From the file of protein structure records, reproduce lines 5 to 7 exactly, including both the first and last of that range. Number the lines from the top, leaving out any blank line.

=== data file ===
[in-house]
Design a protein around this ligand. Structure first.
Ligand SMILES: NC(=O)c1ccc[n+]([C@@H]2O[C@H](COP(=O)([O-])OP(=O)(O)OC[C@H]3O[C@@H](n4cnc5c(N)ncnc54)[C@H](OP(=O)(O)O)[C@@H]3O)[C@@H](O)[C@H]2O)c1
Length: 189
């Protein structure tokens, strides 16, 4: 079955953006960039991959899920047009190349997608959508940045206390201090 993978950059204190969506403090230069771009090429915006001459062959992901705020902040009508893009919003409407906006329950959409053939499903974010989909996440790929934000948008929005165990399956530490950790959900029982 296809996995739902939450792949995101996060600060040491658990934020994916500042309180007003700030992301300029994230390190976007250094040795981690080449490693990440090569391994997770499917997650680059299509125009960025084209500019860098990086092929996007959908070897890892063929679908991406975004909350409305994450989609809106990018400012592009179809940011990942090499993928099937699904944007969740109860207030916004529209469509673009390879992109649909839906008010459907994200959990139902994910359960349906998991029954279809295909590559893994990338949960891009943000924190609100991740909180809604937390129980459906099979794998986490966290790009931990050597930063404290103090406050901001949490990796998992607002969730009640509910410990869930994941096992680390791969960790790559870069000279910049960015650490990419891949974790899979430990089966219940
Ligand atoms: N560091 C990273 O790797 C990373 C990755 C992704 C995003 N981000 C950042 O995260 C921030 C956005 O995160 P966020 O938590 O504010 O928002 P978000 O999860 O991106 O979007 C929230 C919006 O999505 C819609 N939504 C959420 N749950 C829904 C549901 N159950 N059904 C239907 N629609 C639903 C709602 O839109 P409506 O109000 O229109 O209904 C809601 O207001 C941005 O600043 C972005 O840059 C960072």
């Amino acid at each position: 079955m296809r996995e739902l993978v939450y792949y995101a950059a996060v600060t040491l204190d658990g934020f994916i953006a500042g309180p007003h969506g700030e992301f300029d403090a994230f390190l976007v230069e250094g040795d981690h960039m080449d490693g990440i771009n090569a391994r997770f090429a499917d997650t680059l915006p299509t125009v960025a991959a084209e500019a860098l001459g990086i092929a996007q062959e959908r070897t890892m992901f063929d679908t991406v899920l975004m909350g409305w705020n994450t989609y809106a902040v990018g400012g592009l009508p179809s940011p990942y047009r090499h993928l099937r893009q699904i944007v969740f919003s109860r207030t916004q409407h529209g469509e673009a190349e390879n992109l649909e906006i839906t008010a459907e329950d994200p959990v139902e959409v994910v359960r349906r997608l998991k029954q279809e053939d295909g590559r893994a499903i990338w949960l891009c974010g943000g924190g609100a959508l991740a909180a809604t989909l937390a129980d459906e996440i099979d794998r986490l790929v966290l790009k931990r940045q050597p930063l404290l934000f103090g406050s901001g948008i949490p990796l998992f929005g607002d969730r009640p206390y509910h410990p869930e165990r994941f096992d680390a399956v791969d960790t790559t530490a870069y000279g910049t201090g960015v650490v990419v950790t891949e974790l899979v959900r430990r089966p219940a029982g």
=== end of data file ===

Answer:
């Protein structure tokens, strides 16, 4: 079955953006960039991959899920047009190349997608959508940045206390201090 993978950059204190969506403090230069771009090429915006001459062959992901705020902040009508893009919003409407906006329950959409053939499903974010989909996440790929934000948008929005165990399956530490950790959900029982 296809996995739902939450792949995101996060600060040491658990934020994916500042309180007003700030992301300029994230390190976007250094040795981690080449490693990440090569391994997770499917997650680059299509125009960025084209500019860098990086092929996007959908070897890892063929679908991406975004909350409305994450989609809106990018400012592009179809940011990942090499993928099937699904944007969740109860207030916004529209469509673009390879992109649909839906008010459907994200959990139902994910359960349906998991029954279809295909590559893994990338949960891009943000924190609100991740909180809604937390129980459906099979794998986490966290790009931990050597930063404290103090406050901001949490990796998992607002969730009640509910410990869930994941096992680390791969960790790559870069000279910049960015650490990419891949974790899979430990089966219940
Ligand atoms: N560091 C990273 O790797 C990373 C990755 C992704 C995003 N981000 C950042 O995260 C921030 C956005 O995160 P966020 O938590 O504010 O928002 P978000 O999860 O991106 O979007 C929230 C919006 O999505 C819609 N939504 C959420 N749950 C829904 C549901 N159950 N059904 C239907 N629609 C639903 C709602 O839109 P409506 O109000 O229109 O209904 C809601 O207001 C941005 O600043 C972005 O840059 C960072």
């Amino acid at each position: 079955m296809r996995e739902l993978v939450y792949y995101a950059a996060v600060t040491l204190d658990g934020f994916i953006a500042g309180p007003h969506g700030e992301f300029d403090a994230f390190l976007v230069e250094g040795d981690h960039m080449d490693g990440i771009n090569a391994r997770f090429a499917d997650t680059l915006p299509t125009v960025a991959a084209e500019a860098l001459g990086i092929a996007q062959e959908r070897t890892m992901f063929d679908t991406v899920l975004m909350g409305w705020n994450t989609y809106a902040v990018g400012g592009l009508p179809s940011p990942y047009r090499h993928l099937r893009q699904i944007v969740f919003s109860r207030t916004q409407h529209g469509e673009a190349e390879n992109l649909e906006i839906t008010a459907e329950d994200p959990v139902e959409v994910v359960r349906r997608l998991k029954q279809e053939d295909g590559r893994a499903i990338w949960l891009c974010g943000g924190g609100a959508l991740a909180a809604t989909l937390a129980d459906e996440i099979d794998r986490l790929v966290l790009k931990r940045q050597p930063l404290l934000f103090g406050s901001g948008i949490p990796l998992f929005g607002d969730r009640p206390y509910h410990p869930e165990r994941f096992d680390a399956v791969d960790t790559t530490a870069y000279g910049t201090g960015v650490v990419v950790t891949e974790l899979v959900r430990r089966p219940a029982g």